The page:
INSPECTORS looking into crimes with vulnerable victims found on some occasions the person was not properly assessed by the police.
The HM Inspectorate of Constabulary looked at 10 of Hampshire police’s cases.
Of those, four had a vulnerable victim and in three of the cases, officers did not refer it to the Crown Prosecution Service for charging advice.
Victims were not assessed by police for special measures in court. Such measures include having screens in the courtroom putting victims out of sight of the accused.
The HMIC report released today said: ‘In the three cases, the police correctly identified vulnerability in the witness care section of the statement as required.
‘However, they neither completed the special measures assessment in any of the cases, nor referred cases to the CPS for charging advice.’
Inspectors looked into the case of an Asian man who drove to a police station after being racially abused by a male passenger.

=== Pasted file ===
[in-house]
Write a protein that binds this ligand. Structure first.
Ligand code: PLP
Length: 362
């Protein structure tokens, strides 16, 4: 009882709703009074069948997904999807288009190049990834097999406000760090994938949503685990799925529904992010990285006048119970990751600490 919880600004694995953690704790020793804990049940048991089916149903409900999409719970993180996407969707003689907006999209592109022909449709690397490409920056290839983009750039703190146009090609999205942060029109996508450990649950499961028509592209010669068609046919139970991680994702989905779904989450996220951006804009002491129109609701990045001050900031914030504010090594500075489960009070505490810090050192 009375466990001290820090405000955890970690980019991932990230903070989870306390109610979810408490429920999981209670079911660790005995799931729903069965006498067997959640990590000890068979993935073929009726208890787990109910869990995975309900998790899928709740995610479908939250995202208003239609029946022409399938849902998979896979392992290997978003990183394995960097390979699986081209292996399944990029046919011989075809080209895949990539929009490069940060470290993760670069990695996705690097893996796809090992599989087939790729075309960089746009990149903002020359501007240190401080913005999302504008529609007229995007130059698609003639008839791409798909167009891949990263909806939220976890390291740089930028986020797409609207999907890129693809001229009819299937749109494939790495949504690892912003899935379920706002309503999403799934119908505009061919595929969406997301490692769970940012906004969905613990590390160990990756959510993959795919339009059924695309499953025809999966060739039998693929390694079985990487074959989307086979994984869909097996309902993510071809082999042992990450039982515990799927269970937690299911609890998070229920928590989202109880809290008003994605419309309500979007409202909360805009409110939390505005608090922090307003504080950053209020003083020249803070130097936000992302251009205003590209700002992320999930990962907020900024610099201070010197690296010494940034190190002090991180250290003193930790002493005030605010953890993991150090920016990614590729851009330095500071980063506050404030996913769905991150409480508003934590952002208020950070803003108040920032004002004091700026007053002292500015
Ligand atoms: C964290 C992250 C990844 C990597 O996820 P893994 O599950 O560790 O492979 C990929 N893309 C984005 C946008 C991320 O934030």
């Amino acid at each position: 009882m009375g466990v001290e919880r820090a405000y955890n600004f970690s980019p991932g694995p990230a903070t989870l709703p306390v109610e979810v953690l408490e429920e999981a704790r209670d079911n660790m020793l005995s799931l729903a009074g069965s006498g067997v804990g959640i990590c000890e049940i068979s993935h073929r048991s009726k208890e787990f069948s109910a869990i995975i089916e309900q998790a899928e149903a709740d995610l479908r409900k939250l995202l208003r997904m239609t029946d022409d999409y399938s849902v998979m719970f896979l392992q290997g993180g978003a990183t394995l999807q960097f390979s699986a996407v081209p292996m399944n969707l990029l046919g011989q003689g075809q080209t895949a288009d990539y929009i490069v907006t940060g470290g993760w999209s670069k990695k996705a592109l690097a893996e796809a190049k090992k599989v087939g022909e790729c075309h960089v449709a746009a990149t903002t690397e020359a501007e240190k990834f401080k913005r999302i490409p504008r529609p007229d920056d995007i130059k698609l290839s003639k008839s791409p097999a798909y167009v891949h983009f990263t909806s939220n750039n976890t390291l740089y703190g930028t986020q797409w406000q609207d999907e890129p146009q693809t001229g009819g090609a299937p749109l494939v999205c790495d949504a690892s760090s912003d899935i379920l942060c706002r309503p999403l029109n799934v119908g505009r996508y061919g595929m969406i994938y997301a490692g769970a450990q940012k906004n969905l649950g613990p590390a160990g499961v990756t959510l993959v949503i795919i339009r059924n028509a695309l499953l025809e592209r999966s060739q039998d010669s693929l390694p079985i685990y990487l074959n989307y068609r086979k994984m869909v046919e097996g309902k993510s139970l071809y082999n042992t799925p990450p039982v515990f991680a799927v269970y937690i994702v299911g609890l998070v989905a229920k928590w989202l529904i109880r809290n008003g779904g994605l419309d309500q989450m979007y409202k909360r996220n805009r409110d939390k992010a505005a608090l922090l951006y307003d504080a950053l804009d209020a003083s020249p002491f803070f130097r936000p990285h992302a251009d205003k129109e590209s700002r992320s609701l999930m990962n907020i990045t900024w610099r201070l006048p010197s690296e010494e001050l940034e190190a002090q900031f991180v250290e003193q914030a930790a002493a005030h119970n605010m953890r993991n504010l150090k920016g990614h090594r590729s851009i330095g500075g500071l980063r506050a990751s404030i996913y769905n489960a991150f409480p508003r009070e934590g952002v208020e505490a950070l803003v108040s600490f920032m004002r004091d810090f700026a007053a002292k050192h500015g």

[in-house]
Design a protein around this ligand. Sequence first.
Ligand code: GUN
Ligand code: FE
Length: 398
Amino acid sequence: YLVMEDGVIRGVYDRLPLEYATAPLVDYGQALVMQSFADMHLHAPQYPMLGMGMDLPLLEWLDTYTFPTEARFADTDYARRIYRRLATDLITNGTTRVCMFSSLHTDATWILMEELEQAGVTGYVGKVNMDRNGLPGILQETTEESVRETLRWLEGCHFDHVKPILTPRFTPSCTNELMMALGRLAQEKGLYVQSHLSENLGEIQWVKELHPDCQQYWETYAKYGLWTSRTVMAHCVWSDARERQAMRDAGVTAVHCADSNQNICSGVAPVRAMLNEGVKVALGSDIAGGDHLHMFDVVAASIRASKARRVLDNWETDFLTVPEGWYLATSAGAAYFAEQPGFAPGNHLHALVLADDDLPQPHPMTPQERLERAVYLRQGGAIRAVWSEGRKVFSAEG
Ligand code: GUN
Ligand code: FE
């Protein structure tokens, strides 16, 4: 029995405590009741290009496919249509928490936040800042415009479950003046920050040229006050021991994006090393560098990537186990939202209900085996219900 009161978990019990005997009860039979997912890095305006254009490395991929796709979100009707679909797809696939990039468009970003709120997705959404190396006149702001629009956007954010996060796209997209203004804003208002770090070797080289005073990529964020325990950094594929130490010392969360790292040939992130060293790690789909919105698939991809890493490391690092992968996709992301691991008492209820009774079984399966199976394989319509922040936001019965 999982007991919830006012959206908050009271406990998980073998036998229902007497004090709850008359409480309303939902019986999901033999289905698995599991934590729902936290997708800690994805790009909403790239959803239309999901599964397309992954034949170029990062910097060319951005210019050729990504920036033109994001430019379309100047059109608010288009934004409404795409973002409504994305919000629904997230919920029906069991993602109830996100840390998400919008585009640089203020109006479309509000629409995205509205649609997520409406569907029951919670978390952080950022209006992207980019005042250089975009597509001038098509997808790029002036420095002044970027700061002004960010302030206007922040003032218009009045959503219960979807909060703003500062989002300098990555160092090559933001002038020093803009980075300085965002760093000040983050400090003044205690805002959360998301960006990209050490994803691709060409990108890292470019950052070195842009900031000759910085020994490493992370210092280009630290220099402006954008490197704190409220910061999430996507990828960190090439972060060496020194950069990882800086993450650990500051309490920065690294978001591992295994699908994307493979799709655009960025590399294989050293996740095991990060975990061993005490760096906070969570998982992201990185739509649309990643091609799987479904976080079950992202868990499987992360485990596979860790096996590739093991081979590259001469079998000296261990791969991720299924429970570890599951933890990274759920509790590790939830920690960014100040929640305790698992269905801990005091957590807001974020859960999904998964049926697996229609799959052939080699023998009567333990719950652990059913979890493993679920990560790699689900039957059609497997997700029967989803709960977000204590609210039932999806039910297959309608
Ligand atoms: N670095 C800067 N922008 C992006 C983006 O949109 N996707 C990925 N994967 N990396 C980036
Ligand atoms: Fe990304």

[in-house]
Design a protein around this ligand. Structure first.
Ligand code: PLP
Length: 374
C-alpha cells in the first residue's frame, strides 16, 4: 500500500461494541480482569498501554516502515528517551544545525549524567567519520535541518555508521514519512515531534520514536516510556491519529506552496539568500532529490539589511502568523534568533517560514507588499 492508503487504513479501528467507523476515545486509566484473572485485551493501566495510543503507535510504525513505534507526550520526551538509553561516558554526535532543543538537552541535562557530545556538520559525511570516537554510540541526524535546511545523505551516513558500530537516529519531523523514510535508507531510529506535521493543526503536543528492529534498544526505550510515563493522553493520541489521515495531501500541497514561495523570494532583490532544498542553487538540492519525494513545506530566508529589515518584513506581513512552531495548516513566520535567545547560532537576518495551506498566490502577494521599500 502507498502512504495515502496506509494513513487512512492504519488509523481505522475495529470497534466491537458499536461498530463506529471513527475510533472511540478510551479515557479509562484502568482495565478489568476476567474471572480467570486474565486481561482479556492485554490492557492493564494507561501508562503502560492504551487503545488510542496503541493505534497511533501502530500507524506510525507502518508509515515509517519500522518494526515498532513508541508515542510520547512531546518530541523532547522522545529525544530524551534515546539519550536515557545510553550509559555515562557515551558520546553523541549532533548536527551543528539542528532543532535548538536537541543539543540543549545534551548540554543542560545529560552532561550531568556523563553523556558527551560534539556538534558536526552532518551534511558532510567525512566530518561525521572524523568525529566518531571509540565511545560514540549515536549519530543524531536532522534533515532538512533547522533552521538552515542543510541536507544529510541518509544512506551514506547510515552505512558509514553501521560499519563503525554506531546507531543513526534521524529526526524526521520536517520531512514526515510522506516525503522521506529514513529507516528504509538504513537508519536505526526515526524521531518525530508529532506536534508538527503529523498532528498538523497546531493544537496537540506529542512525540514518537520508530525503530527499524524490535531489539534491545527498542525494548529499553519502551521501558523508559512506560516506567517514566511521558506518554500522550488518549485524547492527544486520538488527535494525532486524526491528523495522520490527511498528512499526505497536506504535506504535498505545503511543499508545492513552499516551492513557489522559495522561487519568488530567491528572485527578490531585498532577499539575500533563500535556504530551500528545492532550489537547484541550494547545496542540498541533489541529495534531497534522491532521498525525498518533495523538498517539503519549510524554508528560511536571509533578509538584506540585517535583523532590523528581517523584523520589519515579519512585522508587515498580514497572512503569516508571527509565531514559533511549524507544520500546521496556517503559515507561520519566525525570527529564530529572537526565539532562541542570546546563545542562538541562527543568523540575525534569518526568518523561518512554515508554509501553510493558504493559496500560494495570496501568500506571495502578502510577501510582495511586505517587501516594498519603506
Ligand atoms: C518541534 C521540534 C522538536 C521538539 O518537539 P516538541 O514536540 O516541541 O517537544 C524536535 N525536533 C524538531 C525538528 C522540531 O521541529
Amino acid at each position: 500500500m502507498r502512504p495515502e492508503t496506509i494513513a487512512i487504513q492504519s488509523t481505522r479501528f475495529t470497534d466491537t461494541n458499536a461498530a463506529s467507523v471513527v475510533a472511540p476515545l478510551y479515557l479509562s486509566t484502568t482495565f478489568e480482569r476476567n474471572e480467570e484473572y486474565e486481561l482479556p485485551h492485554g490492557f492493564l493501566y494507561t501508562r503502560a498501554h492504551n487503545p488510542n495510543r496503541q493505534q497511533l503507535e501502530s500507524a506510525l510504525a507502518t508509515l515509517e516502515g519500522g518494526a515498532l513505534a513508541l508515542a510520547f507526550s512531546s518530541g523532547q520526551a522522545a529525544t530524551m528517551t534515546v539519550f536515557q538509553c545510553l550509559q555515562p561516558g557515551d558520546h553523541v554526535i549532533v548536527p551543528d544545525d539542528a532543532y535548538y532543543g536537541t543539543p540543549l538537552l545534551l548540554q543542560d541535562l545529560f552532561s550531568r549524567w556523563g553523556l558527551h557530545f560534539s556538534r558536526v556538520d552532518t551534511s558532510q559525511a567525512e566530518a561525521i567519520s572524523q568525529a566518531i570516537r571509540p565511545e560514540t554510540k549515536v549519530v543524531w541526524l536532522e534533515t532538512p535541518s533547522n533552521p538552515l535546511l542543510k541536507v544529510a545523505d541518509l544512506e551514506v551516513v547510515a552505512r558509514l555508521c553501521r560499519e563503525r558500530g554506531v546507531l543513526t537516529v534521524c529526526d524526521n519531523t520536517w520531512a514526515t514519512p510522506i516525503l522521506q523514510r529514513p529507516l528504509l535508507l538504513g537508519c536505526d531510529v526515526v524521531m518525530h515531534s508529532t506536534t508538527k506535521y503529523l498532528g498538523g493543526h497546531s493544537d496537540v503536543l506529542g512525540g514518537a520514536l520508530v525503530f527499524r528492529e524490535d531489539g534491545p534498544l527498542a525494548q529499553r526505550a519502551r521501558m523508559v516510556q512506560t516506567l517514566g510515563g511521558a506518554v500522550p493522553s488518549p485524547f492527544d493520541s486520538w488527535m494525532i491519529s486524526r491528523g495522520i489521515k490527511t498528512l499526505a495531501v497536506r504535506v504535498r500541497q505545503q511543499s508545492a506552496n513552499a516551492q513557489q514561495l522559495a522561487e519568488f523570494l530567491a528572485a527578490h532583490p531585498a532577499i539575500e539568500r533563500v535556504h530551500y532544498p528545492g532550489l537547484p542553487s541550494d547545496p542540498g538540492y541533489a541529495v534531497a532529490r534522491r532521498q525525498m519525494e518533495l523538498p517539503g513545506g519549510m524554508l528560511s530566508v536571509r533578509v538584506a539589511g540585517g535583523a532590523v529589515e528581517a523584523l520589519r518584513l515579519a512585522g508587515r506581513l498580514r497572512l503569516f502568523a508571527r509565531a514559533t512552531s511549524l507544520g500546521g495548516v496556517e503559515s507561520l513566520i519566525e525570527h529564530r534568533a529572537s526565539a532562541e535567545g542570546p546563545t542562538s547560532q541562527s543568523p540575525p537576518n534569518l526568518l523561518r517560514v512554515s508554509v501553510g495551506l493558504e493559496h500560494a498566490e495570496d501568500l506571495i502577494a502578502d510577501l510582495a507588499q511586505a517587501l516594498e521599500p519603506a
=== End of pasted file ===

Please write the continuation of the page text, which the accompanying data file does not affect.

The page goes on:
The victim was frightened and intimidated, and was worried of further abuse.
But officers did not consider special measures to help him in court. Due to the racist aggravation in the case officers should have referred it to the CPS for charging advice.
Instead, this was not done and the passenger was charged with a public order offence – although the CPS later changed the charge to include racist aggravation.
In eight of the 10 cases, concluded in court between June and August last year, police summarised key evidence adequately and summarised the defendant’s interview adequately.
In one case the defendant’s interview summary was unclear, not succinct and did not contain details of the suspect’s prepared statement.
Forces across the country have been told to improve their understanding of vulnerable victims.